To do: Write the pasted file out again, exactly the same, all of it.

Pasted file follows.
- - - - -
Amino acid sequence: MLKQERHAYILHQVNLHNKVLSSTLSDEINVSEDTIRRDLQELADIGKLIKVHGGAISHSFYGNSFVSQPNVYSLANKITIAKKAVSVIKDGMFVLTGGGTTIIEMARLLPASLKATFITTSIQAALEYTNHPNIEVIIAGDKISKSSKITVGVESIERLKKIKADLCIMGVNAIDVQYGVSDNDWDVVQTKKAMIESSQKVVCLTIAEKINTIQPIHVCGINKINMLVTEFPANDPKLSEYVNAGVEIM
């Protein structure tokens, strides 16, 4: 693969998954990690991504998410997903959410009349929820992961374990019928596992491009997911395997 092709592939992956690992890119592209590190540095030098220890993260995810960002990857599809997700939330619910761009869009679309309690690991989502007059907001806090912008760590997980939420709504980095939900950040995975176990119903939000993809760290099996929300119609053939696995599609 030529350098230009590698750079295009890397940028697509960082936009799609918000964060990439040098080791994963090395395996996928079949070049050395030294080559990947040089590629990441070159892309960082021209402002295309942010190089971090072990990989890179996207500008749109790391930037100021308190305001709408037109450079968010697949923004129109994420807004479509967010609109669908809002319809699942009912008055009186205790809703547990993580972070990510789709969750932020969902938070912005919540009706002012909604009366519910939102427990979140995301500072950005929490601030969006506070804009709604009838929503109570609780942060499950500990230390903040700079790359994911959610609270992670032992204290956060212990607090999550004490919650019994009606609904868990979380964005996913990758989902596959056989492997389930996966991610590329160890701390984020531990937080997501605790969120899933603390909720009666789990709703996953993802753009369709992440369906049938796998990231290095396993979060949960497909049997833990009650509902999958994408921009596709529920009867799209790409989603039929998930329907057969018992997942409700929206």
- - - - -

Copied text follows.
Amino acid sequence: MLKQERHAYILHQVNLHNKVLSSTLSDEINVSEDTIRRDLQELADIGKLIKVHGGAISHSFYGNSFVSQPNVYSLANKITIAKKAVSVIKDGMFVLTGGGTTIIEMARLLPASLKATFITTSIQAALEYTNHPNIEVIIAGDKISKSSKITVGVESIERLKKIKADLCIMGVNAIDVQYGVSDNDWDVVQTKKAMIESSQKVVCLTIAEKINTIQPIHVCGINKINMLVTEFPANDPKLSEYVNAGVEIM
């Protein structure tokens, strides 16, 4: 693969998954990690991504998410997903959410009349929820992961374990019928596992491009997911395997 092709592939992956690992890119592209590190540095030098220890993260995810960002990857599809997700939330619910761009869009679309309690690991989502007059907001806090912008760590997980939420709504980095939900950040995975176990119903939000993809760290099996929300119609053939696995599609 030529350098230009590698750079295009890397940028697509960082936009799609918000964060990439040098080791994963090395395996996928079949070049050395030294080559990947040089590629990441070159892309960082021209402002295309942010190089971090072990990989890179996207500008749109790391930037100021308190305001709408037109450079968010697949923004129109994420807004479509967010609109669908809002319809699942009912008055009186205790809703547990993580972070990510789709969750932020969902938070912005919540009706002012909604009366519910939102427990979140995301500072950005929490601030969006506070804009709604009838929503109570609780942060499950500990230390903040700079790359994911959610609270992670032992204290956060212990607090999550004490919650019994009606609904868990979380964005996913990758989902596959056989492997389930996966991610590329160890701390984020531990937080997501605790969120899933603390909720009666789990709703996953993802753009369709992440369906049938796998990231290095396993979060949960497909049997833990009650509902999958994408921009596709529920009867799209790409989603039929998930329907057969018992997942409700929206």